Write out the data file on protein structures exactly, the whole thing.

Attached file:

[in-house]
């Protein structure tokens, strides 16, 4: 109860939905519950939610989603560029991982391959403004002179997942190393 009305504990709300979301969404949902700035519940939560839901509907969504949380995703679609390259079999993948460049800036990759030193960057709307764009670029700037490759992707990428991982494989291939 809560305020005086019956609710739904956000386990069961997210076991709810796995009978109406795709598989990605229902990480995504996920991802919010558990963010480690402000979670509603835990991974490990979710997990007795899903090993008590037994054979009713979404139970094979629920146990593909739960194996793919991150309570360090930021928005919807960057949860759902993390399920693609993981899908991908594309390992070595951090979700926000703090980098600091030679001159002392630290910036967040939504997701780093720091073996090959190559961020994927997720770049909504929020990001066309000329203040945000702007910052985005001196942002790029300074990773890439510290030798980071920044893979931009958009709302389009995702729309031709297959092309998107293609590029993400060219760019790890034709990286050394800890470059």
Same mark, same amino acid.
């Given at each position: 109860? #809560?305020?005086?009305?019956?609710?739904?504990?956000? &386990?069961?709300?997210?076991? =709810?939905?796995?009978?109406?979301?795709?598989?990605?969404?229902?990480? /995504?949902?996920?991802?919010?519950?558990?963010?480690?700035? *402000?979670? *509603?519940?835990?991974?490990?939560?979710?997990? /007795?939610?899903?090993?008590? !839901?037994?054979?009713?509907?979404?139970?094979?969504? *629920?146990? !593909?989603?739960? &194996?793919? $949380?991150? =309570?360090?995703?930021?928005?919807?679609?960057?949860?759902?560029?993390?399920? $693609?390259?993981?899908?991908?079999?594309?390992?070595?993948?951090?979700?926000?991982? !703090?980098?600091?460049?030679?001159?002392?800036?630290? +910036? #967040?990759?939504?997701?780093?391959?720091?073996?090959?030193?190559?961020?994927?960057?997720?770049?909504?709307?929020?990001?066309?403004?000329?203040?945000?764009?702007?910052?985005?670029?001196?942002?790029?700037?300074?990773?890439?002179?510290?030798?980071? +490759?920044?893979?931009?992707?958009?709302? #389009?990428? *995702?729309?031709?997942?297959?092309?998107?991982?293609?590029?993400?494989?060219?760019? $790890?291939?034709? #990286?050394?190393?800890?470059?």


[in-house]
């Protein structure tokens, strides 16, 4: 109860939905519950939610989603560029991982391959403004002179997942190393 009305504990709300979301969404949902700035519940939560839901509907969504949380995703679609390259079999993948460049800036990759030193960057709307764009670029700037490759992707990428991982494989291939 809560305020005086019956609710739904956000386990069961997210076991709810796995009978109406795709598989990605229902990480995504996920991802919010558990963010480690402000979670509603835990991974490990979710997990007795899903090993008590037994054979009713979404139970094979629920146990593909739960194996793919991150309570360090930021928005919807960057949860759902993390399920693609993981899908991908594309390992070595951090979700926000703090980098600091030679001159002392630290910036967040939504997701780093720091073996090959190559961020994927997720770049909504929020990001066309000329203040945000702007910052985005001196942002790029300074990773890439510290030798980071920044893979931009958009709302389009995702729309031709297959092309998107293609590029993400060219760019790890034709990286050394800890470059």
Same mark, same amino acid.
């Given at each position: 109860? #809560?305020?005086?009305?019956?609710?739904?504990?956000? &386990?069961?709300?997210?076991? =709810?939905?796995?009978?109406?979301?795709?598989?990605?969404?229902?990480? /995504?949902?996920?991802?919010?519950?558990?963010?480690?700035? *402000?979670? *509603?519940?835990?991974?490990?939560?979710?997990? /007795?939610?899903?090993?008590? !839901?037994?054979?009713?509907?979404?139970?094979?969504? *629920?146990? !593909?989603?739960? &194996?793919? $949380?991150? =309570?360090?995703?930021?928005?919807?679609?960057?949860?759902?560029?993390?399920? $693609?390259?993981?899908?991908?079999?594309?390992?070595?993948?951090?979700?926000?991982? !703090?980098?600091?460049?030679?001159?002392?800036?630290? +910036? #967040?990759?939504?997701?780093?391959?720091?073996?090959?030193?190559?961020?994927?960057?997720?770049?909504?709307?929020?990001?066309?403004?000329?203040?945000?764009?702007?910052?985005?670029?001196?942002?790029?700037?300074?990773?890439?002179?510290?030798?980071? +490759?920044?893979?931009?992707?958009?709302? #389009?990428? *995702?729309?031709?997942?297959?092309?998107?991982?293609?590029?993400?494989?060219?760019? $790890?291939?034709? #990286?050394?190393?800890?470059?």